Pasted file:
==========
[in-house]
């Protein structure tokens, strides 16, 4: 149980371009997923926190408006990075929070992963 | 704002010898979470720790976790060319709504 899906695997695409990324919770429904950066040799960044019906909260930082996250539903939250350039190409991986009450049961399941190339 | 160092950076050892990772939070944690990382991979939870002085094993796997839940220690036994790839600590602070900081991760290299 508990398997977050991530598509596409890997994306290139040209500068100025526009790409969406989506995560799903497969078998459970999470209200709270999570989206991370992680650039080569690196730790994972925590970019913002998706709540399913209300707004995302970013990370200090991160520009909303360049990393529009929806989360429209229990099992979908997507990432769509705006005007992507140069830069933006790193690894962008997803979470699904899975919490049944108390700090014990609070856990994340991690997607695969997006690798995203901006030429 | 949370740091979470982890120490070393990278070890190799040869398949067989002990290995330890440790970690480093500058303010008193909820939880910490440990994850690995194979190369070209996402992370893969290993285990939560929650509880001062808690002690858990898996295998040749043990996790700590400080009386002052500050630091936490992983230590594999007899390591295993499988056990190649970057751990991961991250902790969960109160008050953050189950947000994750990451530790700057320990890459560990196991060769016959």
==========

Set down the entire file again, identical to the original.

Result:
[in-house]
């Protein structure tokens, strides 16, 4: 149980371009997923926190408006990075929070992963 | 704002010898979470720790976790060319709504 899906695997695409990324919770429904950066040799960044019906909260930082996250539903939250350039190409991986009450049961399941190339 | 160092950076050892990772939070944690990382991979939870002085094993796997839940220690036994790839600590602070900081991760290299 508990398997977050991530598509596409890997994306290139040209500068100025526009790409969406989506995560799903497969078998459970999470209200709270999570989206991370992680650039080569690196730790994972925590970019913002998706709540399913209300707004995302970013990370200090991160520009909303360049990393529009929806989360429209229990099992979908997507990432769509705006005007992507140069830069933006790193690894962008997803979470699904899975919490049944108390700090014990609070856990994340991690997607695969997006690798995203901006030429 | 949370740091979470982890120490070393990278070890190799040869398949067989002990290995330890440790970690480093500058303010008193909820939880910490440990994850690995194979190369070209996402992370893969290993285990939560929650509880001062808690002690858990898996295998040749043990996790700590400080009386002052500050630091936490992983230590594999007899390591295993499988056990190649970057751990991961991250902790969960109160008050953050189950947000994750990451530790700057320990890459560990196991060769016959």